Cultural security is a key element of accessible services for Indigenous peoples globally, although few studies have examined this empirically. We explored the scope, reach, quality, and cultural security of health and social services available to Aboriginal and/or Torres Strait Islander families in Western Australia (WA), from the point of view of staff from the services. We recruited staff from health and social services for Aboriginal people in the Perth, Kalgoorlie, Great Southern, and South West regions of WA between December 2015 and September 2017 to complete online surveys. We examined the proportions of participants that responded saying the service was culturally secure, the reasons for the response, and perceived factors related to a high-quality service. Sixty participants from 21 services responded to the survey. Seventy-three percent stated the service was culturally secure; however, only 36% stated that the staff employed at the service had sufficient knowledge on cultural security. Participants suggested having Aboriginal staff and better cultural awareness training as methods to improve cultural security within the service. Participants highlighted that staffing, funding for resources, and patient financial difficulties in accessing care as key areas for quality improvement. Much greater effort is required in improving knowledge through on-going training of staff in the practice of culturally safe care. Organisations must also be required to meet specific standards in cultural safety.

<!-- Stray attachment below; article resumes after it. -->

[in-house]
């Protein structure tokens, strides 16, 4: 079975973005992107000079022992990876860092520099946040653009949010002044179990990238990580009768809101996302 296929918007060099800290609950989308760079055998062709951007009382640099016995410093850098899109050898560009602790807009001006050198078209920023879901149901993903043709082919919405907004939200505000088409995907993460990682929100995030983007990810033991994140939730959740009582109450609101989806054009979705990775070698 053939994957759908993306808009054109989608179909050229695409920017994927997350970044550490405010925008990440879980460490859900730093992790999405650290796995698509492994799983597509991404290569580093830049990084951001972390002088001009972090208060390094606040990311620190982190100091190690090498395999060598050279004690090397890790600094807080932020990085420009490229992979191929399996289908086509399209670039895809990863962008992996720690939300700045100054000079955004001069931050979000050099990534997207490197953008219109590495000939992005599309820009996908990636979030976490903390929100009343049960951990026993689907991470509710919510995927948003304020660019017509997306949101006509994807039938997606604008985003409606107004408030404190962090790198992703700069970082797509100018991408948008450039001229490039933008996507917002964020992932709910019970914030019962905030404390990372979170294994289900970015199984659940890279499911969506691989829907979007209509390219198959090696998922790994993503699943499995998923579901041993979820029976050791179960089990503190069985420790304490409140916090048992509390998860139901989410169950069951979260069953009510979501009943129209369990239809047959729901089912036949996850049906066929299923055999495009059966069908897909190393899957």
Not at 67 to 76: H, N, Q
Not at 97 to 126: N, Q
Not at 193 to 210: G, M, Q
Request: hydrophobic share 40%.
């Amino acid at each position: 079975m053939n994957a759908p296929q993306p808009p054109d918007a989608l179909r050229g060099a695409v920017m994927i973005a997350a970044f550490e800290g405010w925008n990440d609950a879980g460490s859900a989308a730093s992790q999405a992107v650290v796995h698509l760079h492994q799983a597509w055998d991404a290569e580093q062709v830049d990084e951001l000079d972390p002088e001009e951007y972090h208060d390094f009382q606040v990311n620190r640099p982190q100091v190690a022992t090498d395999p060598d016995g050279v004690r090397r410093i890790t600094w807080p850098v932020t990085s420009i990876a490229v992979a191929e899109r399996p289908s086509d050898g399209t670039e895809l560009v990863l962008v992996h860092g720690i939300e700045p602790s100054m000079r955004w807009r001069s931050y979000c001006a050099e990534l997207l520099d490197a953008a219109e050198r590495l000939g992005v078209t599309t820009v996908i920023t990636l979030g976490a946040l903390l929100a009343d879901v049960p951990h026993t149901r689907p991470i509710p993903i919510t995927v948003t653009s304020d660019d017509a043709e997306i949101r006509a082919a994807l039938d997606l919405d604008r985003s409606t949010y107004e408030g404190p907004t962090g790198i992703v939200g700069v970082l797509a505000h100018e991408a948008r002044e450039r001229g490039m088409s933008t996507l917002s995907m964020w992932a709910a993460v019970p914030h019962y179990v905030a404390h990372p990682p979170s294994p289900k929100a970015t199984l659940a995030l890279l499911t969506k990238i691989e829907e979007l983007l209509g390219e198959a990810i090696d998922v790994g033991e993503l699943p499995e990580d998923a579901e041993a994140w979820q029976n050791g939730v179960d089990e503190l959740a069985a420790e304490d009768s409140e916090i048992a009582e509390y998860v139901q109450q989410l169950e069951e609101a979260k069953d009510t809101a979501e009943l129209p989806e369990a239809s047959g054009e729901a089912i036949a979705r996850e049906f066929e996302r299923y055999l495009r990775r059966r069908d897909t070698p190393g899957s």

|Number of pages||13|
|Journal||International Journal of Environmental Research and Public Health|
|Publication status||Published - 2 Nov 2020|